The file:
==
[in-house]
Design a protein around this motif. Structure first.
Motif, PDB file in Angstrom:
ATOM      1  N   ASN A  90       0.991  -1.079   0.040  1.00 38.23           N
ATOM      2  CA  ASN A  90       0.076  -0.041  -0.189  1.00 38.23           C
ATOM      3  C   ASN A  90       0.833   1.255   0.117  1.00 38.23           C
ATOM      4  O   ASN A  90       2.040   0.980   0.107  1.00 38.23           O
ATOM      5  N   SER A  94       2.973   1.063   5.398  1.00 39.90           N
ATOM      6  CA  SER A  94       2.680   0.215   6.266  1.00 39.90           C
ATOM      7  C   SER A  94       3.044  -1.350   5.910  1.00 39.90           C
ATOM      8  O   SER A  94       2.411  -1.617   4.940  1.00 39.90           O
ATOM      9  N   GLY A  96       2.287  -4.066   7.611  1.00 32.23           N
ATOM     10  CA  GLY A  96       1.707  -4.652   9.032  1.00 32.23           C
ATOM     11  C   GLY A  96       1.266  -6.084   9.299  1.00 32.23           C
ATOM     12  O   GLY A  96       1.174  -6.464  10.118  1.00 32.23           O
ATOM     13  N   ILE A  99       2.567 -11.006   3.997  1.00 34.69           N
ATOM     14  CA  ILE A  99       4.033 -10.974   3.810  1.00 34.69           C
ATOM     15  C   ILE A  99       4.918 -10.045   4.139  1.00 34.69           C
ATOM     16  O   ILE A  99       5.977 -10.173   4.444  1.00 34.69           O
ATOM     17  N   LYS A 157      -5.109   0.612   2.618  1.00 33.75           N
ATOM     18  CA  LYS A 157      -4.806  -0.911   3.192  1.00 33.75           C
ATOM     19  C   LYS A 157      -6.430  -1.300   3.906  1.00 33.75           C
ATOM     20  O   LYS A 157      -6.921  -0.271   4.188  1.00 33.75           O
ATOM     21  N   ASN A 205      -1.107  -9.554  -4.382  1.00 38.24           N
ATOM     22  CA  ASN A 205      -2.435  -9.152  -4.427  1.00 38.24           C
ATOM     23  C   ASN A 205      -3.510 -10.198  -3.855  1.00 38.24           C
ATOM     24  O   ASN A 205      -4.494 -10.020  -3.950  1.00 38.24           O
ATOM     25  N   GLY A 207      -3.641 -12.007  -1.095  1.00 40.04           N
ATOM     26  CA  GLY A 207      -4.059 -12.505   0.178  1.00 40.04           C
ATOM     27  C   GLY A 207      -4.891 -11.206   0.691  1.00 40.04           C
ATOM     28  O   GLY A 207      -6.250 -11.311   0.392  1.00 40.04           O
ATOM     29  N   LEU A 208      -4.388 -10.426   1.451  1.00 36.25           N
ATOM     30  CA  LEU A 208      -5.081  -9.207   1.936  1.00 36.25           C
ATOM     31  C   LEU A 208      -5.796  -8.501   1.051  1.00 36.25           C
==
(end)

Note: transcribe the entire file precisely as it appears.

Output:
[in-house]
Design a protein around this motif. Structure first.
Motif, PDB file in Angstrom:
ATOM      1  N   ASN A  90       0.991  -1.079   0.040  1.00 38.23           N
ATOM      2  CA  ASN A  90       0.076  -0.041  -0.189  1.00 38.23           C
ATOM      3  C   ASN A  90       0.833   1.255   0.117  1.00 38.23           C
ATOM      4  O   ASN A  90       2.040   0.980   0.107  1.00 38.23           O
ATOM      5  N   SER A  94       2.973   1.063   5.398  1.00 39.90           N
ATOM      6  CA  SER A  94       2.680   0.215   6.266  1.00 39.90           C
ATOM      7  C   SER A  94       3.044  -1.350   5.910  1.00 39.90           C
ATOM      8  O   SER A  94       2.411  -1.617   4.940  1.00 39.90           O
ATOM      9  N   GLY A  96       2.287  -4.066   7.611  1.00 32.23           N
ATOM     10  CA  GLY A  96       1.707  -4.652   9.032  1.00 32.23           C
ATOM     11  C   GLY A  96       1.266  -6.084   9.299  1.00 32.23           C
ATOM     12  O   GLY A  96       1.174  -6.464  10.118  1.00 32.23           O
ATOM     13  N   ILE A  99       2.567 -11.006   3.997  1.00 34.69           N
ATOM     14  CA  ILE A  99       4.033 -10.974   3.810  1.00 34.69           C
ATOM     15  C   ILE A  99       4.918 -10.045   4.139  1.00 34.69           C
ATOM     16  O   ILE A  99       5.977 -10.173   4.444  1.00 34.69           O
ATOM     17  N   LYS A 157      -5.109   0.612   2.618  1.00 33.75           N
ATOM     18  CA  LYS A 157      -4.806  -0.911   3.192  1.00 33.75           C
ATOM     19  C   LYS A 157      -6.430  -1.300   3.906  1.00 33.75           C
ATOM     20  O   LYS A 157      -6.921  -0.271   4.188  1.00 33.75           O
ATOM     21  N   ASN A 205      -1.107  -9.554  -4.382  1.00 38.24           N
ATOM     22  CA  ASN A 205      -2.435  -9.152  -4.427  1.00 38.24           C
ATOM     23  C   ASN A 205      -3.510 -10.198  -3.855  1.00 38.24           C
ATOM     24  O   ASN A 205      -4.494 -10.020  -3.950  1.00 38.24           O
ATOM     25  N   GLY A 207      -3.641 -12.007  -1.095  1.00 40.04           N
ATOM     26  CA  GLY A 207      -4.059 -12.505   0.178  1.00 40.04           C
ATOM     27  C   GLY A 207      -4.891 -11.206   0.691  1.00 40.04           C
ATOM     28  O   GLY A 207      -6.250 -11.311   0.392  1.00 40.04           O
ATOM     29  N   LEU A 208      -4.388 -10.426   1.451  1.00 36.25           N
ATOM     30  CA  LEU A 208      -5.081  -9.207   1.936  1.00 36.25           C
ATOM     31  C   LEU A 208      -5.796  -8.501   1.051  1.00 36.25           C